Hail to the chief!

On the justgiving.com website, Robinson warns that goal amount will likely increase depending on what treatments the vet prescribes — up to and including removing the president from Chief’s ear.

Robinson said she has always made it a point to keep Chief’s ears clean, but beagles are notorious for picking up dirt, which, as we all know, can lead to infections.

“If you know anything about beagles you know how intelligent, active and curious they are and Chief certainly lives up to that – he’s full of mischief.

“As he has the very distinctive long ears, they spend a lot of time scraping the ground sniffing for lovely smells; unfortunately this leads to his ears picking up a lot of dirt.”

Robinson said she never saw Trump when she was taking the photo.

“…It was my eagle-eyed friend who pointed it out.”

Readers: Please note how I, despite my political leanings, presented that whole story without implying the current president is in any way a cyst in need of removal. Nor did I comment on how awful it would be to have Donald Trump constantly in one’s ear — mainly because, between his tweets and the news media, we already know that.

In badmouthing his human foes, Trump manages to also offend dogs everywhere

misspWhile the hotels that carry his name may be dog-friendly, President Trump is definitely not — as shown not just by his refusal to have one in the White House, but in his word choice.

Examine his insults, his verbal slaps, his testy tweets and you will find unkind references to dogs in many of them.

Newsweek did just that and concluded:

“Not only is President Donald Trump the first White House resident in generations to not have a first pooch, but the very word ‘dog’ is the root of so many of the Tweeter in Chief’s favorite insults.”

Of one of his newest rivals, Republican Sen. Bob Corker, the president recently said, “Couldn’t get elected dog catcher.”

He used the exact same term to describe former New York Governor George Pataki, former New Hampshire Governor John Sununu in 2015, South Carolina Sen. Lindsey Graham, Michael Bloomberg and Hillary Clinton.

He said he watched Marco Rubio “sweating like a dog” during his campaign.

He called former Obama administration adviser David Axelrod a dog after he criticized him on Fox News.

Among those he has said were “fired like a dog” were NBC’s David Gregory, Glenn Beck and Ted Cruz’s communications director.

Former Acting Attorney General Sally Yates and former Director of National Intelligence James Clapper both choked “like dogs” in Senate testimony in May, he told Time.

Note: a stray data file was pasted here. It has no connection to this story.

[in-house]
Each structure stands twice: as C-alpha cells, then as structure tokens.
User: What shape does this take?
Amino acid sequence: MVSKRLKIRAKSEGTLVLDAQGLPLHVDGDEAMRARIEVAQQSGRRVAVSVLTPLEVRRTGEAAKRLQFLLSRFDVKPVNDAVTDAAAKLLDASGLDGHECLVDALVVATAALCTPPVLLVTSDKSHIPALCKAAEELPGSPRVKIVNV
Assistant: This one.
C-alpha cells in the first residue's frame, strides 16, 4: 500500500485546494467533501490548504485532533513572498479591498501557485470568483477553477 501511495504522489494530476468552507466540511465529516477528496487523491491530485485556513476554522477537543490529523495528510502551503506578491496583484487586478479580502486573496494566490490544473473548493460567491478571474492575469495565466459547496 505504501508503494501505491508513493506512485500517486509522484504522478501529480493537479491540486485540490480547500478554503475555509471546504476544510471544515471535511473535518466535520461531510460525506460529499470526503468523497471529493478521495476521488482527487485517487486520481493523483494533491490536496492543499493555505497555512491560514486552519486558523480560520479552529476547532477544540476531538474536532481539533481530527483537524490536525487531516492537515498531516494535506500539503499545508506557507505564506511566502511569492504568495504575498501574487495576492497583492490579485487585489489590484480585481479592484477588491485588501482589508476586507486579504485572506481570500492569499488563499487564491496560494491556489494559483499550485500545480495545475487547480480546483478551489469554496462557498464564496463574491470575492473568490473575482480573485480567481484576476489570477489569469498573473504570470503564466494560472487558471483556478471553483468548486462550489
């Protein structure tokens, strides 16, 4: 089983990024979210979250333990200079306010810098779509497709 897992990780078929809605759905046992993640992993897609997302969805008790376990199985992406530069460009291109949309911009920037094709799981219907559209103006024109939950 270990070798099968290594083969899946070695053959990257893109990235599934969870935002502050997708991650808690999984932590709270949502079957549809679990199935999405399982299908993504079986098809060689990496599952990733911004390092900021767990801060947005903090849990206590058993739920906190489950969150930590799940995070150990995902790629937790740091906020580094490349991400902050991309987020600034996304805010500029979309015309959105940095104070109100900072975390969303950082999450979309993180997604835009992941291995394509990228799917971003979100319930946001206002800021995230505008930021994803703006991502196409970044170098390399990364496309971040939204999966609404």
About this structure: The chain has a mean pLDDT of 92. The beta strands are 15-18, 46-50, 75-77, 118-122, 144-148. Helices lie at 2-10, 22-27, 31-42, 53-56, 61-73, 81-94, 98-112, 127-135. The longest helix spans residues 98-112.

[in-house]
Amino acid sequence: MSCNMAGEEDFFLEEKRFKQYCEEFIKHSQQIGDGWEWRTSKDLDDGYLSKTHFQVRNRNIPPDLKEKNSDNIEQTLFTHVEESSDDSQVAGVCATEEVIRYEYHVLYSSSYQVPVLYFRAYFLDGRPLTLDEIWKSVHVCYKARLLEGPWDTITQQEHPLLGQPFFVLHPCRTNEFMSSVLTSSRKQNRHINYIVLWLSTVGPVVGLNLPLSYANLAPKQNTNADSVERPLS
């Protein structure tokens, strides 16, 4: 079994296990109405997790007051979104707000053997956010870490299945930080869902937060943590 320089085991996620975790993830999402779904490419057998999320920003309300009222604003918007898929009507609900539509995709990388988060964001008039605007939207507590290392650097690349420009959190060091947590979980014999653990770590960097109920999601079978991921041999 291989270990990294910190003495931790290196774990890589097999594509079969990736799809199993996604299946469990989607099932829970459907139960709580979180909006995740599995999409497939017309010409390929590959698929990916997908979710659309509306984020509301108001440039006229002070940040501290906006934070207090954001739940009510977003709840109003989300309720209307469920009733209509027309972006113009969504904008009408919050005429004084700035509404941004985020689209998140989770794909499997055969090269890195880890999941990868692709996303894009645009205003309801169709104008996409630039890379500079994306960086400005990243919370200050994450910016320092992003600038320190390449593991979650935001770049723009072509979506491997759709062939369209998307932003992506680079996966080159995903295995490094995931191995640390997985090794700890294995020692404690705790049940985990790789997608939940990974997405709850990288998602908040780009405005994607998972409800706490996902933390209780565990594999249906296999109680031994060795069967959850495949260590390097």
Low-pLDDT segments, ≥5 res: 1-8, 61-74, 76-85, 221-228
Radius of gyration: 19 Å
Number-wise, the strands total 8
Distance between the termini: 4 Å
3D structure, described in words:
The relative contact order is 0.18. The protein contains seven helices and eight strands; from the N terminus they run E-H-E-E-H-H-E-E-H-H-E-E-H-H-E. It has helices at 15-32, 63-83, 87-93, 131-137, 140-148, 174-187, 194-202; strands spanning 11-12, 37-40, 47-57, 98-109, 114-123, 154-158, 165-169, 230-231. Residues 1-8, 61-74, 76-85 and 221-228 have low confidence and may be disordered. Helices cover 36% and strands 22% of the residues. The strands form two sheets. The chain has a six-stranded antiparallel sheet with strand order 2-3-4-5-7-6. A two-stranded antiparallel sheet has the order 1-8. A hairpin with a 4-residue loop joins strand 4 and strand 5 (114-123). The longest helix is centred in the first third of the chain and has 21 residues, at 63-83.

Mitt Romney, in his campaign for president, “choked like a dog,” too, in Trump’s view.

William McKinley is the last president to not have a dog, though he had other pets.

Generally, the only photos of Trump with dogs are from when he regularly invited the the winner of the Westminster Dog Show to visit his palatial Trump Tower suite, as is the case with the photo at the top of this post.

At least one citizen graciously offered him a dog, but he, quite ungraciously, snubbed the offer. By the time he informed heiress Lois Pope he didn’t want the dog, she’d already fallen in love and decided to keep it.

Further evidence of Trump’s distaste for the species — at least non-pedigreed members — can be found in a memoir, “Raising Trump,” written by his ex-wife Ivana.

“Donald was not a dog fan,” she wrote. When Ivana brought home a poodle named Chappy, to Trump’s displeasure, she said she gave him this choice — “It’s me and Chappy or no one!”

He gave in, but never showed much fondness for the poodle — and the feeling was mutual, she wrote.

In point of fact, dogs don’t sweat. In point of fact, dogs don’t lie. In point of fact, dog catcher is not an elected position — at least not in modern times. Yet he uses references to dogs, repeatedly and erroneously, as a metaphor/simile for lowly behavior, or to describe anyone he doesn’t like.

News flash, Mr. President, (of the non-fake variety): Dogs are probably held in higher regard in America than either you or the presidency.

I did not want to see Trump elected anything, least of all president. And I don’t think he’d make a good “dog catcher,” either. As experienced as he is at shoveling the you-know-what, he’d probably be good at cleaning out kennels.

But hey, he — unfortunately — has a country to run.

Bill O’Reilly’s dog will never take a knee

DHYRcn_XYAAJzJ1You wouldn’t expect a “leg man” to own a breed of dog that barely has any.

But that is the case — ousted Fox News loudmouth, bestselling historian and accused sexual harrasser Bill O’Reilly is the proud owner of a Corgi, who he has been spending a lot more time with since leaving his job, and featuring regularly of late on his Instagram account.

Holly is her name, and he’s posted photos of her 11 times since August, according to AVclub.com.

O’Reilly these days is keeping busy producing a self-broadcasted (and we’d guess self-important) vlog, through which he continues to offer his conservative opinions on matters of politics and more.

O’Reilly, who also tweets, recently posted this photo of Holly, pointing out that she would never take a knee during the National Anthem — “even if she had knees.”

holly2

Not willing to let him get away with such a blatant distortion of fact, AVClub points out, for the record, that corgis do have knees.

Fox News let O’Reilly go in April amid mounting allegations against him of sexual harrassment. Between him and Fox, $13 million in settlements were paid to five women who made such claims against him, according to the New York Times.

Even more accusers surfaced after that, and advertisers began withdrawing, leading Fox to send him home to spend more time with his dog.

Watching this eclipse won’t melt your eyes — only your heart

For those of you who missed the Great American Eclipse — aka the day the moon photobombed the sun — here, via Twitter, is a highly scientific reenactment, staged by two pug puppies and their owner(s).